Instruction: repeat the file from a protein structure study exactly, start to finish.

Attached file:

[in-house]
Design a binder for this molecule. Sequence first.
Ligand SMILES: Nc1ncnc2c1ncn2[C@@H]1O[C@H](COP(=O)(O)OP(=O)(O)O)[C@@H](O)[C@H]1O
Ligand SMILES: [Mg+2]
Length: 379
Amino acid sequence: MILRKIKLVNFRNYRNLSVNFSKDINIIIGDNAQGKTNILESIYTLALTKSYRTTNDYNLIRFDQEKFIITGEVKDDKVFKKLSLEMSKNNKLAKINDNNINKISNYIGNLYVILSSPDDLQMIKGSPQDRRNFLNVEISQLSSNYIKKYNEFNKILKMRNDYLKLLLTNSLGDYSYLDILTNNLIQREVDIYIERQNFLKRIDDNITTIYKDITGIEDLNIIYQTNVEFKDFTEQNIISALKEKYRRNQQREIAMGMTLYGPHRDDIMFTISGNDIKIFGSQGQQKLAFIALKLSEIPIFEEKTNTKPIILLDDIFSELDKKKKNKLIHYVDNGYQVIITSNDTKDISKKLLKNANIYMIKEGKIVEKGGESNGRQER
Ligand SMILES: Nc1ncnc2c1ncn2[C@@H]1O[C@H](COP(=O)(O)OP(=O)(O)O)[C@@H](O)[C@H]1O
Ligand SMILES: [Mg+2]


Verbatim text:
[in-house]
Design a binder for this molecule. Sequence first.
Ligand SMILES: Nc1ncnc2c1ncn2[C@@H]1O[C@H](COP(=O)(O)OP(=O)(O)O)[C@@H](O)[C@H]1O
Ligand SMILES: [Mg+2]
Length: 379
Amino acid sequence: MILRKIKLVNFRNYRNLSVNFSKDINIIIGDNAQGKTNILESIYTLALTKSYRTTNDYNLIRFDQEKFIITGEVKDDKVFKKLSLEMSKNNKLAKINDNNINKISNYIGNLYVILSSPDDLQMIKGSPQDRRNFLNVEISQLSSNYIKKYNEFNKILKMRNDYLKLLLTNSLGDYSYLDILTNNLIQREVDIYIERQNFLKRIDDNITTIYKDITGIEDLNIIYQTNVEFKDFTEQNIISALKEKYRRNQQREIAMGMTLYGPHRDDIMFTISGNDIKIFGSQGQQKLAFIALKLSEIPIFEEKTNTKPIILLDDIFSELDKKKKNKLIHYVDNGYQVIITSNDTKDISKKLLKNANIYMIKEGKIVEKGGESNGRQER
Ligand SMILES: Nc1ncnc2c1ncn2[C@@H]1O[C@H](COP(=O)(O)OP(=O)(O)O)[C@@H](O)[C@H]1O
Ligand SMILES: [Mg+2]